Talking about Facebook with Facebook at the SNAP Summit
How will we make money on Facebook, and what are the best techniques for making sticky applications? Facebook's Ami Vora discusses.
Facebook's Senior Platform Manager Ami Vora took the stage at this morning's SNAP Summit in San Francisco to talk about "the state of the platform" from Facebook's perspective. Besides a rehash of the social graph spiel from the launch of the applications platform earlier this year, several interesting numbers were thrown around, including one that noted that 1 in 4 people in Toronto are on Facebook, and that each Facebook user turns about 50 pages a day. The most impressive, however, is that 85 percent of users on Facebook have added at least one application to their profiles since the launch of Facebook applications in late May.
Since the SNAP Summit is aimed mainly at Facebook developers, Vora went on to discuss some of the things that they've seen "work" for app creators from Facebook's point of view. "Every time you touch the user, think about how you're adding value to them," Vora said. She also noted that giving users interaction with buddies, integrating your app with Facebook's tools, and adding privacy controls will make an app stickier even to cautious users. In the previous panel consisting of the heads of several successful Facebook app creators from RockYou, Grow-a-Gift, and Graffiti, the big buzzword was "virility," and Vora noted that a big part of developers' successes thus far have been utilizing the tools that Facebook had provided to help share an app with their friends.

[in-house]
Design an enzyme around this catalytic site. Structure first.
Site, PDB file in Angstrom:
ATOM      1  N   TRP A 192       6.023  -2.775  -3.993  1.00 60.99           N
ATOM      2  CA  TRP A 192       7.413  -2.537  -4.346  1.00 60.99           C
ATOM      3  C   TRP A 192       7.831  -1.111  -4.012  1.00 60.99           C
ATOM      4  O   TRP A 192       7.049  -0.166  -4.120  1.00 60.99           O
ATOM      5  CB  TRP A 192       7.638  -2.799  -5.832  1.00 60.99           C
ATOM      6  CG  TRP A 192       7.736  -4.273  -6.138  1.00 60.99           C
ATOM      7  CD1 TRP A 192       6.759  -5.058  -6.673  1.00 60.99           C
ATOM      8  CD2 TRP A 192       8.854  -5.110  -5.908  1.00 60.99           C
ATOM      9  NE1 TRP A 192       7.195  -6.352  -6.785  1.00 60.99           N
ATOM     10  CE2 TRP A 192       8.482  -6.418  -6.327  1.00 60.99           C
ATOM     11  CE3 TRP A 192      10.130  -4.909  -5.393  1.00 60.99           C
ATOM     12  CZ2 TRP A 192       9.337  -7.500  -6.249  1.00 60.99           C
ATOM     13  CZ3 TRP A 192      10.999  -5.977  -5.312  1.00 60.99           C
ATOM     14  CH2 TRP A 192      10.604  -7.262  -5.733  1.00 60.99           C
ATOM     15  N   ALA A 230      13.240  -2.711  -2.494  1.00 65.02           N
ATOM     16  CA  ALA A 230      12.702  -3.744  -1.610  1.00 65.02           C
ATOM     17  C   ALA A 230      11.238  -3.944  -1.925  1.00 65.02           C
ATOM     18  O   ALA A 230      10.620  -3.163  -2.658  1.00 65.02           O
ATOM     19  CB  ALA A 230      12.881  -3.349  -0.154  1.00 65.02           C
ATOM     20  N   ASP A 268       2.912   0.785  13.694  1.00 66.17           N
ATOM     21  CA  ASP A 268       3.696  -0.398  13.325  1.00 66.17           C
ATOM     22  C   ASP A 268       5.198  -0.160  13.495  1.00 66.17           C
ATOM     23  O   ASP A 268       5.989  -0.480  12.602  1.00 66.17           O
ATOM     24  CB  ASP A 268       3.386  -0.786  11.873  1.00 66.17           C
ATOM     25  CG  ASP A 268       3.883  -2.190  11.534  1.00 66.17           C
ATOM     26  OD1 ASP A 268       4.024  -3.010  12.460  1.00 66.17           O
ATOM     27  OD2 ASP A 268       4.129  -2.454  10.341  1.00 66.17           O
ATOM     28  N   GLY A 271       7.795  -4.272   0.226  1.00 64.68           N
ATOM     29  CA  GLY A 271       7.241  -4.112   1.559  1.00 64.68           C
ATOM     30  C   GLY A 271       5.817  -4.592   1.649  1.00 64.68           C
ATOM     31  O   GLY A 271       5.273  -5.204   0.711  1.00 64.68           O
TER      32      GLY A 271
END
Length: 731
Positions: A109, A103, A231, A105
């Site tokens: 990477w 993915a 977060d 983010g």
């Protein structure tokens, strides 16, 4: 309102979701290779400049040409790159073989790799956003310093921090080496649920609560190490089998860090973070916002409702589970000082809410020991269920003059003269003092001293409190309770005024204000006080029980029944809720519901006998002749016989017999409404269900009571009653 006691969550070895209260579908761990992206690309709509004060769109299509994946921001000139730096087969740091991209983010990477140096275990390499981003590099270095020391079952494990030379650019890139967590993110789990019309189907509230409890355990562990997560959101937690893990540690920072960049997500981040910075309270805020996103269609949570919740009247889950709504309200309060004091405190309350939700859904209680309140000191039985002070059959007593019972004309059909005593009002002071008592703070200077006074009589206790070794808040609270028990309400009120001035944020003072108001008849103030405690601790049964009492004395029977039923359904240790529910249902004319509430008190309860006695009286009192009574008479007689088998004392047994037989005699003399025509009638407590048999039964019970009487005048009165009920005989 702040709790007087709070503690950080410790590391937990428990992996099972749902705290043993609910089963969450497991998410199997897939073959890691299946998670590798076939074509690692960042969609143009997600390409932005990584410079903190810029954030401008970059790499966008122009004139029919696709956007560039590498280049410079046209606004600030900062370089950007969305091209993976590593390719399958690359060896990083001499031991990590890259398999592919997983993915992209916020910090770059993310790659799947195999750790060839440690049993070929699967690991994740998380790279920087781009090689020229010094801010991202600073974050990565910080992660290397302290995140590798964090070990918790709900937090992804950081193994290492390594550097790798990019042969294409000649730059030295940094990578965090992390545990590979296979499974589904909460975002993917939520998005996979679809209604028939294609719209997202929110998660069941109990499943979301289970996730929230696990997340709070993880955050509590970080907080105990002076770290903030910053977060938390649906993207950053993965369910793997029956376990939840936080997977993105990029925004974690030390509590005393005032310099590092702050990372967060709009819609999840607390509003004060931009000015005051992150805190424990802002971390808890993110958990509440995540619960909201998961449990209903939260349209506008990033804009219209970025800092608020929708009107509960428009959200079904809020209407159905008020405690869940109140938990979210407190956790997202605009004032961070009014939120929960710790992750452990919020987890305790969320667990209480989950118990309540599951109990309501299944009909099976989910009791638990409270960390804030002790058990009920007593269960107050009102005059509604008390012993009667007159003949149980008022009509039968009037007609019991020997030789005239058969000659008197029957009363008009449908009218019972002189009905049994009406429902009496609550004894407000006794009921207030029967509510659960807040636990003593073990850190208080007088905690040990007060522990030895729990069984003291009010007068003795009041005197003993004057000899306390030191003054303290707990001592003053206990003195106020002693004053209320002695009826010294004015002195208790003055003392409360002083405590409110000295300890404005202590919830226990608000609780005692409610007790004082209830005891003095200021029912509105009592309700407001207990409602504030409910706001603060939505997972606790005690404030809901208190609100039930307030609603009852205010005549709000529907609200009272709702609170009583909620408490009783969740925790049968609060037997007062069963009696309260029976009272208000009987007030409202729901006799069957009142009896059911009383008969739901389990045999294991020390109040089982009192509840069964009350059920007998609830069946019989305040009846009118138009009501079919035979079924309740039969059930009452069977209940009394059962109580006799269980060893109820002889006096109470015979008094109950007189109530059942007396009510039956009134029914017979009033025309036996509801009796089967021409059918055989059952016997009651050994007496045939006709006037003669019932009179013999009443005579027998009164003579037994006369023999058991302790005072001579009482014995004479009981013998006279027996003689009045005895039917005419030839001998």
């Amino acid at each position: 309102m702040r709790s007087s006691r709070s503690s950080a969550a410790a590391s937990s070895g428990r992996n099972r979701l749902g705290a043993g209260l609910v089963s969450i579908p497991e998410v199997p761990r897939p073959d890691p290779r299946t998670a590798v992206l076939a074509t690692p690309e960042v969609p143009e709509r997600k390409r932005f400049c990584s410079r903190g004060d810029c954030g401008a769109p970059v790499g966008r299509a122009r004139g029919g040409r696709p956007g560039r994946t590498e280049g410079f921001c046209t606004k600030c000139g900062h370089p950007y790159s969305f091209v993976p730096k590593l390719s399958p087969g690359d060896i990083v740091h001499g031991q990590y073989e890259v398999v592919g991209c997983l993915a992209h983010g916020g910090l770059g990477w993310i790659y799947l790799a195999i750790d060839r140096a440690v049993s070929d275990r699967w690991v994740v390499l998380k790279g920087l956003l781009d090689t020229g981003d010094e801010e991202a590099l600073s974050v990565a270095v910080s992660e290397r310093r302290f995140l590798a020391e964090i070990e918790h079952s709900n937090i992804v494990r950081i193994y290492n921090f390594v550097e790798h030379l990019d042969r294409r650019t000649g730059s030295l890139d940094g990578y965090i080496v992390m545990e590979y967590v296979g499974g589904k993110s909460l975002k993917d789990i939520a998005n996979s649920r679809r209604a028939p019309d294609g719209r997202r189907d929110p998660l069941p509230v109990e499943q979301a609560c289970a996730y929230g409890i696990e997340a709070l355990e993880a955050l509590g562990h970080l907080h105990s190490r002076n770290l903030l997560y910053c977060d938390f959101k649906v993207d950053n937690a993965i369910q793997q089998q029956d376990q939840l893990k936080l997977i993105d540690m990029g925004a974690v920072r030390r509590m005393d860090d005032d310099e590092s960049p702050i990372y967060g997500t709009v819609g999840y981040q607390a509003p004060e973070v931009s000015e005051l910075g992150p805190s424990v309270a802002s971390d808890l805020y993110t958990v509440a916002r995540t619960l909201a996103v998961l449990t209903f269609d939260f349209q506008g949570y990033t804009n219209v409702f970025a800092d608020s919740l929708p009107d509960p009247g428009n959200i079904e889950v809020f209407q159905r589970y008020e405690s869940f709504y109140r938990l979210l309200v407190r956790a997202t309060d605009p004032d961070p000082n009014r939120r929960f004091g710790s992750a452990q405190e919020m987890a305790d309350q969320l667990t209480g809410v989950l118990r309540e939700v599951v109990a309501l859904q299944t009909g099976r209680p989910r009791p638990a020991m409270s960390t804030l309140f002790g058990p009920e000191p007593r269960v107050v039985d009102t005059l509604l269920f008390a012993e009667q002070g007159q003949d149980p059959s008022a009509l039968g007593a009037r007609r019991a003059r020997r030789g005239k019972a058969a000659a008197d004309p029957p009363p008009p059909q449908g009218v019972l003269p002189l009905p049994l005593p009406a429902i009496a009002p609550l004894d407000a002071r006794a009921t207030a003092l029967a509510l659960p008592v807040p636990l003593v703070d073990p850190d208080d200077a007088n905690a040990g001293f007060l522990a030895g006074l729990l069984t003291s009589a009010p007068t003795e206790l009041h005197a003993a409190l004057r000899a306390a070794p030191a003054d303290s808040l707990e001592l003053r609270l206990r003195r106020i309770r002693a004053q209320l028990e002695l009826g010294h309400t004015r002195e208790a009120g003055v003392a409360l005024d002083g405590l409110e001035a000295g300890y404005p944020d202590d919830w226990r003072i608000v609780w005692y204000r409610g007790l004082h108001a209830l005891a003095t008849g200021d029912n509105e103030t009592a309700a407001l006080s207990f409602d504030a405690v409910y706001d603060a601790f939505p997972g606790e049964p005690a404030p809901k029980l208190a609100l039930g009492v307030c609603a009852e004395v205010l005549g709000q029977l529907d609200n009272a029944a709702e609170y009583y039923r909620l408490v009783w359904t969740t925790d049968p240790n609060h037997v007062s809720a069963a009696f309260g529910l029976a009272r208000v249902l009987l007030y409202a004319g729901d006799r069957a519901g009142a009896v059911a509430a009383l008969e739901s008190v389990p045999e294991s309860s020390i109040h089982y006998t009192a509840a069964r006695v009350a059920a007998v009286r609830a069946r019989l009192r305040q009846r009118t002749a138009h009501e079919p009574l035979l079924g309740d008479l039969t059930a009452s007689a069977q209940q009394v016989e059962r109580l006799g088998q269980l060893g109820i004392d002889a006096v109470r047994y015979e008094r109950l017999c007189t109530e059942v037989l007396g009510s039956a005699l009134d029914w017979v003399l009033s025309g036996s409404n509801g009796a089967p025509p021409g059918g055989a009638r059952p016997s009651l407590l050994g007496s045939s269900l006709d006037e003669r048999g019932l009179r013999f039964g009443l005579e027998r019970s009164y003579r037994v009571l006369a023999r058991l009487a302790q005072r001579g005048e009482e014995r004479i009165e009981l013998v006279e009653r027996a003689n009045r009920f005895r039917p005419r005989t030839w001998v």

Following her presentation, Vora fielded several questions from the audience, ranging from Facebook's internal party plans following this week's Microsoft investment announcement, to adding a system for developers to integrate micropayments into their apps--something that, according to Vora, Facebook is "thinking about," but not implementing anytime soon.
An audience member also asked about what Facebook views to be its biggest competitors. Vora nixed mentioning any other social networks (most notably MySpace) in place of saying that other forms of media are Facebook's biggest foes, including TV, radio, and "petting your dog." Surprisingly, she answered more questions than Zuckerberg, who just last week at the Web 2.0 Summit managed to spend nearly half an hour talking to Federated Media's John Battelle without divulging anything that hadn't been said in the past five months.